In October 2013, the museum installed four custom-made tether rings (hitching rings) in the coach house. Based on the surviving evidence of the long-lost originals, the design and fabrication of the pieces served as the master’s thesis for a graduate student in the Department of Historic Preservation at The School of the Art Institute of Chicago.
Dana Oliveri possessed a background working as a bookbinder and conservator before starting in the preservation program, augmenting her studies with classes in sculpture and a focus on mold making and metalworking. The idea for the project came from Anne Sullivan, Chair of the Historic Preservation Department, who had previously helped compile the Historic Structure Report for Glessner House in 1994 and oversaw the 2006 restoration of the coach house.
No historic photographs are known to exist showing the interior of the coach house, so Dana examined the surviving wood wainscoting for clues. She discovered the impression of a back plate about 2.75” wide and 3.5” high with quarter-round chamfered corners, with a central boss that held a ring that hung about 2.5” below the center of the plate and was secured by four screws. The original building specs make brief mention of the rings:
“Each of the stalls will have the best patent iron hay rack, manger and hitching ring, and the partitions between the stalls and the partitions around the box stalls will have light cast iron railings on top . . . The iron railings, gate and the door and windows, grills will be finished by the Bower Barff process.”
That information provided two pieces of information. The reference to “best patent” indicated that the rings were not custom made but would have been ordered from a catalog. The excerpt also referred to the Bower-Barff process for most of the metalwork; however the rings were not specifically listed as receiving that treatment, so the original finish remained unknown.
These pieces of information led Dana to the extensive collections of period building catalogs at the Avery Library at Columbia University. Initially stumped when she found no examples of stable hardware in catalogs of metal suppliers, she eventually noted that farm and stable suppliers were listed under “Agriculture.”
An undated Illustrated Catalog of Stable Fittings from the J.W. Fiske Company, an iron manufacturer headquartered in New York, produced an image of a ring and plate virtually identical to the one installed in the Glessner stable. From this illustration a shop drawing was drafted matching the exact measurements found on the wainscoting.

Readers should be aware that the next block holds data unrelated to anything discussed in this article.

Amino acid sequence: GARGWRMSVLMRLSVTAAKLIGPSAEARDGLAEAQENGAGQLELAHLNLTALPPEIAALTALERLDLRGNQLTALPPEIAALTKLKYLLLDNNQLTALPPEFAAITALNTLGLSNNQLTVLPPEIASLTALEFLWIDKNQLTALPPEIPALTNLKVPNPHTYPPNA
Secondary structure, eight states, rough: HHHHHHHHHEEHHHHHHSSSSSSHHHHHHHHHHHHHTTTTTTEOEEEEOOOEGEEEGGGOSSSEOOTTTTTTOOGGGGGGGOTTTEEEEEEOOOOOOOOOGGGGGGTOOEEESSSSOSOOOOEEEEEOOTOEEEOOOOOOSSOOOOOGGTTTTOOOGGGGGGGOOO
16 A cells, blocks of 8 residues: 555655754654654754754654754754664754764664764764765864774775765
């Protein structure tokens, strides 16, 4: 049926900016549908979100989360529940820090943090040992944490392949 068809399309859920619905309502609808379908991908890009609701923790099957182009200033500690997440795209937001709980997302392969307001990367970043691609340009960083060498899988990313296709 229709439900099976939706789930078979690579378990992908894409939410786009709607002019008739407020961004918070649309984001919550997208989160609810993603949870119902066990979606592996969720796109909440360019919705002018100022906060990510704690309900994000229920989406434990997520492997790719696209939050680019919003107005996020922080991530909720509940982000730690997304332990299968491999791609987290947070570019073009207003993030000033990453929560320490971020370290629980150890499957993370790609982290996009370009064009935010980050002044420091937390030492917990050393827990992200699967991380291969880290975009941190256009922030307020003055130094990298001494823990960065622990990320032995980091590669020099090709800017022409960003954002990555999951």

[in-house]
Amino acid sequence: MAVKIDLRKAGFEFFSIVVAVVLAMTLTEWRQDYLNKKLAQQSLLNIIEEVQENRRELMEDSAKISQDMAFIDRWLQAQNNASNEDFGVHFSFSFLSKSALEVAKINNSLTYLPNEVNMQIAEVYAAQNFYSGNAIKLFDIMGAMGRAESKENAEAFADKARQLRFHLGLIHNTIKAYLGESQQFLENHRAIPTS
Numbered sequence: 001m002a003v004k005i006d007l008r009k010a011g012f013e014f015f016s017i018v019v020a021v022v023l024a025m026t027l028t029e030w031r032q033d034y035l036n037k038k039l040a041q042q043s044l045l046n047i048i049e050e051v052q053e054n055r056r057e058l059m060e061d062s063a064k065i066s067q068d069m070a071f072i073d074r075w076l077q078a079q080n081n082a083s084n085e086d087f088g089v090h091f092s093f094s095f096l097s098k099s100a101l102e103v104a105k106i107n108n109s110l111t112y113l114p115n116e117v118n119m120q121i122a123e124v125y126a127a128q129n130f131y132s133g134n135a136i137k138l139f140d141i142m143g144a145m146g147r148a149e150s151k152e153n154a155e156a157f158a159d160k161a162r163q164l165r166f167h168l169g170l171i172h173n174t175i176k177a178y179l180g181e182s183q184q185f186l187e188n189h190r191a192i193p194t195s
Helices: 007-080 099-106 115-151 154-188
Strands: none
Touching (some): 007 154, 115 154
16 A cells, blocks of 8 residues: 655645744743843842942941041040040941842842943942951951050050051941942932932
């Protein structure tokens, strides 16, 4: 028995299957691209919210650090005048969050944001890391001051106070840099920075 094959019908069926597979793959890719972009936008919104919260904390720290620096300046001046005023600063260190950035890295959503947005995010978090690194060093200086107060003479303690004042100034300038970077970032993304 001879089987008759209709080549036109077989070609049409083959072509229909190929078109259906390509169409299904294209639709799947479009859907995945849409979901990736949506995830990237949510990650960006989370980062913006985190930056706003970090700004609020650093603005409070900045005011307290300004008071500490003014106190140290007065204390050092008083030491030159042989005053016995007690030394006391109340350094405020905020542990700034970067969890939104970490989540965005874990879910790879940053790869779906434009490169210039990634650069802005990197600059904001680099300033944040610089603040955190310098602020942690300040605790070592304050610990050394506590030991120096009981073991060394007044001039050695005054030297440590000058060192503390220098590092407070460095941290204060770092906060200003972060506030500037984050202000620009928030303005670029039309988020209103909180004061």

One difference with the reproduction tether rings is that they are made of steel rather than iron. Iron is no longer used and even period blacksmiths and traditional craft schools now use steel, except for rare instances when old wrought iron can be salvaged and reused. The original back plates could have been cast or forged; Dana opted for forging the pieces as she could maintain more control over the process and would have ample time to correct possible mistakes. Forging also provided a more historically accurate look with slight irregularities and surface textures. However, electric and pneumatic grinders and power tools were used to shape the material and connect the pieces.
The boss was formed from 1” rod stock – grinding to shape the edges and then heating the rod in the forge and hammering the ends in a swedge block to create the appropriate finish. The actual shaping of the boss involved three people as shown below, with Dana at left, shop assistant Natalie at center, and Dave Nelson at right striking the piece with a 5-pound sledge hammer. After the piece had cooled, the hole was drilled for the ring, and the shoulder was created to insert into the back plate.
The back plate was formed from ¼” bar stock. The quarter-round on the edge was created first, using a grinder to put a bevel on the edge and then a die-grinder with a small ball attachment to “scoop” out the edges. Holes were drilled at each corner for the screws and at the center to receive the boss. Then the two pieces were connected, welded and ground so that the back of the plates would be flush with the wall.
The rings were formed out of 5/16” diameter rod stock and were made using a “hardee fork” in the hardee hole of an anvil. They were trued on a mandrel and then cut, reheated, and trued a second time.
For the finish, Dana selected a waxed black oxide patina. The oxide leaves a dark grey matte finish, similar to a forge finish, and the wax seals the metal and gives a light shine. The finish is durable since the rings are installed inside and will be subject to minimal use. The pieces were sandblasted to remove any dirt and grease and then wire brushed so that they would pick up highlights in the patina. The black oxide was mixed with water and sprayed on, and then immediately rinsed. The pieces were then heated with a torch and the Renaissance Wax was applied – two hot coats and one cold coat, after which they were buffed with a chamois. Slotted oval head screws, appropriate for the period, were ordered in a black oxide finish as well.
The completed tether rings, installed on October 25, 2013, add a fine period detail to the coach house. Visitors routinely ask questions about the configuration of the space and the presence of horses during the first 20 years the Glessners lived in their home. The tether rings, which look as though they have always been in place, help visitors to step back to a time when the clip-clop of horses’ hooves on the concrete floor would have been the order of the day.